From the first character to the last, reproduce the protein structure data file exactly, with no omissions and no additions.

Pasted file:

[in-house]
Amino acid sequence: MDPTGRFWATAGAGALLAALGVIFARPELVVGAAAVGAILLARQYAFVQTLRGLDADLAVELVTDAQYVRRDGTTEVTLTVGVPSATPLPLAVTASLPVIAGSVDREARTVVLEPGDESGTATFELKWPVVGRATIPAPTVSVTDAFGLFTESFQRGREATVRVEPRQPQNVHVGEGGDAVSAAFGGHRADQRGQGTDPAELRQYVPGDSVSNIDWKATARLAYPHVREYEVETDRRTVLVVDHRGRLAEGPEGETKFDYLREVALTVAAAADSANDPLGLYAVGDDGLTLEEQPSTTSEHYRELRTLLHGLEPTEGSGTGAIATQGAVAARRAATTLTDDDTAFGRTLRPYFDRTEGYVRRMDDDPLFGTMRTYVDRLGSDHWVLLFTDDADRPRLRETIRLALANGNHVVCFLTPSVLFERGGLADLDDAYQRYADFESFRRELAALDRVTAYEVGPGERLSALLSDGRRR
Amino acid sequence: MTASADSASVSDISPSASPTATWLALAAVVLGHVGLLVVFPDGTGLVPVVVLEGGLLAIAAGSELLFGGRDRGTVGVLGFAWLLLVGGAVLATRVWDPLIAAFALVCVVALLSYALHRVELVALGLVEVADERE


[in-house]
Amino acid sequence: MDPTGRFWATAGAGALLAALGVIFARPELVVGAAAVGAILLARQYAFVQTLRGLDADLAVELVTDAQYVRRDGTTEVTLTVGVPSATPLPLAVTASLPVIAGSVDREARTVVLEPGDESGTATFELKWPVVGRATIPAPTVSVTDAFGLFTESFQRGREATVRVEPRQPQNVHVGEGGDAVSAAFGGHRADQRGQGTDPAELRQYVPGDSVSNIDWKATARLAYPHVREYEVETDRRTVLVVDHRGRLAEGPEGETKFDYLREVALTVAAAADSANDPLGLYAVGDDGLTLEEQPSTTSEHYRELRTLLHGLEPTEGSGTGAIATQGAVAARRAATTLTDDDTAFGRTLRPYFDRTEGYVRRMDDDPLFGTMRTYVDRLGSDHWVLLFTDDADRPRLRETIRLALANGNHVVCFLTPSVLFERGGLADLDDAYQRYADFESFRRELAALDRVTAYEVGPGERLSALLSDGRRR
Amino acid sequence: MTASADSASVSDISPSASPTATWLALAAVVLGHVGLLVVFPDGTGLVPVVVLEGGLLAIAAGSELLFGGRDRGTVGVLGFAWLLLVGGAVLATRVWDPLIAAFALVCVVALLSYALHRVELVALGLVEVADERE